Passing through Tebing Tinggi, look at the old style shops along the roads. Maybe to some people they look like ready to collapse buildings. And maybe I am a hopeless romantic. But I still see some simple beauty in them - as years gone by, they still stand to fulfill their purpose.






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Route and car rental 

We took different routes from Medan to Prapat, and from Prapat to Medan. Each offers you a different view, and is safe to pass.

From Medan to Prapat - we took the RED line, we went through Lubuk Pakam, Tebingtinggi, Pematangsiantar to Prapat. This route is relatively busier than the route we took going back to Medan, but I like it as it offers a different feel of these little towns that we passed. From Prapat to Medan we took the PURPLE line: Pematang siantar, Kabanjahe, Berastagi, Medan. A friend suggested us to go through the BLUE line to Kabanjahe because the view to Lake Toba is stunning from there. But we learned that the road is not good, very narrow. Since we have kids with us, we opted for the safer route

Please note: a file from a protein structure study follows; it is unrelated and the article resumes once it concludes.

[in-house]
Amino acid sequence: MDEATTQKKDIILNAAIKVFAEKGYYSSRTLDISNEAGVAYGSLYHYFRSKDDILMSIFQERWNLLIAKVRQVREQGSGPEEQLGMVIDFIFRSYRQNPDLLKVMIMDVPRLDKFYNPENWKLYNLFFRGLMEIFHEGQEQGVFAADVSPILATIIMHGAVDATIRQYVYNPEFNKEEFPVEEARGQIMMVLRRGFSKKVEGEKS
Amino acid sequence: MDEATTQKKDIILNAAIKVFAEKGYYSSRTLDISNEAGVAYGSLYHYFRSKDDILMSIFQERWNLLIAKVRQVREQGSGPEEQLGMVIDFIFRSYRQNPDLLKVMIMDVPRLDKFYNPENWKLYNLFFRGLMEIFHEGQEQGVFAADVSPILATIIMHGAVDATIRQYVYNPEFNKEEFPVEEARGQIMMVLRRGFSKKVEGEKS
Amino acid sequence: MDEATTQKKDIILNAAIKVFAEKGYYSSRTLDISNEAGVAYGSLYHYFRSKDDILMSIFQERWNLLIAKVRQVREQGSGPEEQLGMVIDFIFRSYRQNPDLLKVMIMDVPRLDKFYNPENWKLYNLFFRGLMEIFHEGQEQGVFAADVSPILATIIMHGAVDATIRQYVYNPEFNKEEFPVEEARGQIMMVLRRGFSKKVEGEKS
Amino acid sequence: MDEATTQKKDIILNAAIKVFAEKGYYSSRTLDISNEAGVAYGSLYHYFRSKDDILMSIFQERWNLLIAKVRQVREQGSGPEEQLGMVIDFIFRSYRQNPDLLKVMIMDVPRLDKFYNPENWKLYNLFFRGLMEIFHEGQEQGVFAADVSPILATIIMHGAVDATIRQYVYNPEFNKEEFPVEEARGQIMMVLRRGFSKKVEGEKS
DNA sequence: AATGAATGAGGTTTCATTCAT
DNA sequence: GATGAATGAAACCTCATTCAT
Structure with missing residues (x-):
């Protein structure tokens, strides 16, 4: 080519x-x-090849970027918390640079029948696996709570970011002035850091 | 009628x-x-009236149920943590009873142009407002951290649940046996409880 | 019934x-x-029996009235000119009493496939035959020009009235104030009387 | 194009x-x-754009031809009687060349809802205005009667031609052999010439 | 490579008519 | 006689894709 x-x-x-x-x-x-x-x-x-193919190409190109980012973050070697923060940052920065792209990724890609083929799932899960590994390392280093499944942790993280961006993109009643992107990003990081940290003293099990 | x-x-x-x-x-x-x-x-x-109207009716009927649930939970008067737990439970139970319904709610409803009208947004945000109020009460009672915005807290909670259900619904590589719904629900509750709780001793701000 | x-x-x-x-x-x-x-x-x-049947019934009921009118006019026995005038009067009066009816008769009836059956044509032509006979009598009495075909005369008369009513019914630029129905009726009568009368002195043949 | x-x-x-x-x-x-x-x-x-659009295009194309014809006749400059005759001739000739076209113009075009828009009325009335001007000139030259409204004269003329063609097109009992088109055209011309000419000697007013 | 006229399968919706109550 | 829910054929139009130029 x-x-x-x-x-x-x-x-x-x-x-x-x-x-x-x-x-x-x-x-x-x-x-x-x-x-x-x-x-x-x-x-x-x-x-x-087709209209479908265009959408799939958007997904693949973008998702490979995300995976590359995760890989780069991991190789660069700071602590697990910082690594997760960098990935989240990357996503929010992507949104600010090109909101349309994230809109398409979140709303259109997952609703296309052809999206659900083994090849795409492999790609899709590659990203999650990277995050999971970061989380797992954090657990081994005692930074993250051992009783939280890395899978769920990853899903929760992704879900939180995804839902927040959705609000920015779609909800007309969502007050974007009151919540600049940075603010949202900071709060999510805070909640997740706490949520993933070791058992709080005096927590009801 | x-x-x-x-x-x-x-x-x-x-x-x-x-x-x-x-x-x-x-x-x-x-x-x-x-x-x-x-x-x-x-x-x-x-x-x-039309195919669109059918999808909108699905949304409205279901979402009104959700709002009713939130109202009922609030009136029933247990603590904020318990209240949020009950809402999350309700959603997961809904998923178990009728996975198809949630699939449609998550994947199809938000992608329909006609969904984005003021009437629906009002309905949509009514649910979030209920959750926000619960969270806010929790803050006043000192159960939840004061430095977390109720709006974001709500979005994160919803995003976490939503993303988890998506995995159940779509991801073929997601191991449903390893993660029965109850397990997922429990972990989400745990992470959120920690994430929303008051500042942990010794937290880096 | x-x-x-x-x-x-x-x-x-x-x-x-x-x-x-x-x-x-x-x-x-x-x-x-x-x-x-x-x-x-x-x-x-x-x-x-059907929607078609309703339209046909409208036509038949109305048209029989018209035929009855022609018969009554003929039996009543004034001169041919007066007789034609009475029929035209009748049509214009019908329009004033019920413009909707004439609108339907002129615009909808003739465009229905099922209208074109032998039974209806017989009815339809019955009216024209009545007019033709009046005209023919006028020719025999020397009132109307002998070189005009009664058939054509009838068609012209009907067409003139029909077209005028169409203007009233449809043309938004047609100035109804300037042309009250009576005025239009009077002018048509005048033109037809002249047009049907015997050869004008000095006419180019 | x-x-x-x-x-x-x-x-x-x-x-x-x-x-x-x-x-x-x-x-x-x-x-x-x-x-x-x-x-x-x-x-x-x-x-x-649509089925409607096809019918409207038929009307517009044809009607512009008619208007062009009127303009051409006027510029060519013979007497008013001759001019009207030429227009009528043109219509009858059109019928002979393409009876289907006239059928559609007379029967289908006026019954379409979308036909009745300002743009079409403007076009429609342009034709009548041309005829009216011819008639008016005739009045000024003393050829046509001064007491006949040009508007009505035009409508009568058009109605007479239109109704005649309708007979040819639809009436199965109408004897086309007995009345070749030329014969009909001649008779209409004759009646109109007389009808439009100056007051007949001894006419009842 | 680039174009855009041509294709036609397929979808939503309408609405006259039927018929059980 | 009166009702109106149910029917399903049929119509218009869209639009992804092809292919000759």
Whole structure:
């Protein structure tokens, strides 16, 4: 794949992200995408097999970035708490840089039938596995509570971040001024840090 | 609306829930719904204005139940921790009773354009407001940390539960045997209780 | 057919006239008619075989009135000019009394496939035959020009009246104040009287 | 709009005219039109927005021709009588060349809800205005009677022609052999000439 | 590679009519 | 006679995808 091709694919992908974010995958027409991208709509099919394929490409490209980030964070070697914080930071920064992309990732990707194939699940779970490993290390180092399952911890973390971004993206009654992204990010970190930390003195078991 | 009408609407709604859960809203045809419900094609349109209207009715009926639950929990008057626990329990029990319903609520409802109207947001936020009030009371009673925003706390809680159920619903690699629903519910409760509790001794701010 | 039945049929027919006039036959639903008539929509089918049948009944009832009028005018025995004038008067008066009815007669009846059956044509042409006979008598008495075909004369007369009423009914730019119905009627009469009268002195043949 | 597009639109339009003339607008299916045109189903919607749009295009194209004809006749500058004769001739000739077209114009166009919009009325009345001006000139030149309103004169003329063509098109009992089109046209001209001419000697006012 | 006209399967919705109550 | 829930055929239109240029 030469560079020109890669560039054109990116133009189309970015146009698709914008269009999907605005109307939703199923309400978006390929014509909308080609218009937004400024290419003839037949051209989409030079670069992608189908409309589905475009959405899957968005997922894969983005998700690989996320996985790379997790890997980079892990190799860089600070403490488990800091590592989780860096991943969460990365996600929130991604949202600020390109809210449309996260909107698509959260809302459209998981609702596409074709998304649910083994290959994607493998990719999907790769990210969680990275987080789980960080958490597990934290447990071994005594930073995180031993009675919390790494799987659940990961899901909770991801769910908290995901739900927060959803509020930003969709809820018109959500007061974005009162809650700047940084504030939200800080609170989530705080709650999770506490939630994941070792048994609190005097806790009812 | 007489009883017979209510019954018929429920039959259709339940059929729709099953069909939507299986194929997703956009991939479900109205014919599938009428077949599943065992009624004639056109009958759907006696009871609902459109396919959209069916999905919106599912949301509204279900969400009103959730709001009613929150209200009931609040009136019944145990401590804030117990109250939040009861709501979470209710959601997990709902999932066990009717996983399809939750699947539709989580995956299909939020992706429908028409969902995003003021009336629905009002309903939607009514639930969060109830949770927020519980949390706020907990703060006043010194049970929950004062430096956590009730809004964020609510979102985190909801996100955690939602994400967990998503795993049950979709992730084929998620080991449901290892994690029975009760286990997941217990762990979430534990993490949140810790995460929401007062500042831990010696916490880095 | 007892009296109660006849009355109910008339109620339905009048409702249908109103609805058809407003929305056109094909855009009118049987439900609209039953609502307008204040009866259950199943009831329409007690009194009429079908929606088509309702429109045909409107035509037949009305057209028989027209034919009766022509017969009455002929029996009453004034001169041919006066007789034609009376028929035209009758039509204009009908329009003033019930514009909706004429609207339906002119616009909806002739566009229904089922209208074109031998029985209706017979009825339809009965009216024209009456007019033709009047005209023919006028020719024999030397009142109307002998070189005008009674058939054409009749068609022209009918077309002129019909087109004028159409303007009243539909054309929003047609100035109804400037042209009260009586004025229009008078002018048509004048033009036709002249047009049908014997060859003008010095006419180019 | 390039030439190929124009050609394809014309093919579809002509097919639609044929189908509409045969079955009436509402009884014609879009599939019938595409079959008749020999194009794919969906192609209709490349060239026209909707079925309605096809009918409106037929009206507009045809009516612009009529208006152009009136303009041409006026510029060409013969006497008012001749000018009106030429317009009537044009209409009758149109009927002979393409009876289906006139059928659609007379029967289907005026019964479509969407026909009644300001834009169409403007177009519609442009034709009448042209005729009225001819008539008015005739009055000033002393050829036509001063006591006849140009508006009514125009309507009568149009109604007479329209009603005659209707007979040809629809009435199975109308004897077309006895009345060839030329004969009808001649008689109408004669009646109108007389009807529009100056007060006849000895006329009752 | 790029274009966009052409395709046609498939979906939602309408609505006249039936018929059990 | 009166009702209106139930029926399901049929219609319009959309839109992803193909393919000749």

To rent a car, you can contact: Hutkeri Malau 081388573443 or 08159042582. A nice guy who will give you the best price - and you can rent the car with or without a driver.

--
 
And with those I must say I truly learned a lot.

Surely we can't say we know that much about North Sumatra now. What we did was taking 'samplers' of the land. Still, we were awed by what we saw. We were entertained by the stories we heard. And best, we again found out that there is more to learn under the surface.

And as always, this is just a beginning to explore more later... 


(R I R I)